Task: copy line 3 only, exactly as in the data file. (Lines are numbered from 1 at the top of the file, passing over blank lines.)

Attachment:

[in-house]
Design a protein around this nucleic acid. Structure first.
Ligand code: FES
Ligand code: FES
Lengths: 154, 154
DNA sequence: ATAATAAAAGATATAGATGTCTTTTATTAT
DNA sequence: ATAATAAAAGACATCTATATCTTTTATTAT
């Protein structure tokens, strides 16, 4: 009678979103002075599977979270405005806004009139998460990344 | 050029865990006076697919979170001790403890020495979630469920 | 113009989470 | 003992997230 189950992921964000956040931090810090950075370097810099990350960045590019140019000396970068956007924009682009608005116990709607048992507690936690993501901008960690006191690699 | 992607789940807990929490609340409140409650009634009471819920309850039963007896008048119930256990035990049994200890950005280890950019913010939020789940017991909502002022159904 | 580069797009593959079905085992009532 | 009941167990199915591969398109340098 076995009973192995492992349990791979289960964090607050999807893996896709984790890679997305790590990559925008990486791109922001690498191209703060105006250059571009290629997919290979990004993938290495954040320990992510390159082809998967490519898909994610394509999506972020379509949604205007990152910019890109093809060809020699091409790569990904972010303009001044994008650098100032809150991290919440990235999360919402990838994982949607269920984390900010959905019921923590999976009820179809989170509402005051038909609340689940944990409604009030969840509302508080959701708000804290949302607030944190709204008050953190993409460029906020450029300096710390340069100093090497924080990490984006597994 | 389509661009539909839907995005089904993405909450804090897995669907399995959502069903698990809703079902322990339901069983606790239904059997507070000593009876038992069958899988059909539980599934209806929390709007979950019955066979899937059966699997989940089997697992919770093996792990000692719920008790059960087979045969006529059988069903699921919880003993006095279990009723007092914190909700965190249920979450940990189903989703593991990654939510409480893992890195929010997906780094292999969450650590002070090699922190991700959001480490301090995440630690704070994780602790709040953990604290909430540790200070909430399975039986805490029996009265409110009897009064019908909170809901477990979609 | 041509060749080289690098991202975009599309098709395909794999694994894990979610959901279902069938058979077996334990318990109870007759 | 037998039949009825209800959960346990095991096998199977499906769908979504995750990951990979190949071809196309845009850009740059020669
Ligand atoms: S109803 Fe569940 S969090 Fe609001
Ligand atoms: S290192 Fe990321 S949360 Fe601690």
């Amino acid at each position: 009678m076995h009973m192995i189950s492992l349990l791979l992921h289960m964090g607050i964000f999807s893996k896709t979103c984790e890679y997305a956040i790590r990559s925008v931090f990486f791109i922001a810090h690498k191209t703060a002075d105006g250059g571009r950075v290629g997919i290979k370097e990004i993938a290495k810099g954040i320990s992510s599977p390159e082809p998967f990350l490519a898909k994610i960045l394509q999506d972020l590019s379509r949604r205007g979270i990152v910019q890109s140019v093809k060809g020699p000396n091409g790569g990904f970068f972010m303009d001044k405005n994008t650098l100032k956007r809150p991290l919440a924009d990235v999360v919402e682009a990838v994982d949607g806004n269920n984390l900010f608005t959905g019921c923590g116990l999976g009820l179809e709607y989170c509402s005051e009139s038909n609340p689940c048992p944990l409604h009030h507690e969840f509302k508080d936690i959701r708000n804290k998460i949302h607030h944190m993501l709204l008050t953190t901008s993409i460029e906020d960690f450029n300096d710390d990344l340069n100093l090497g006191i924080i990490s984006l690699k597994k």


Ligand code: FES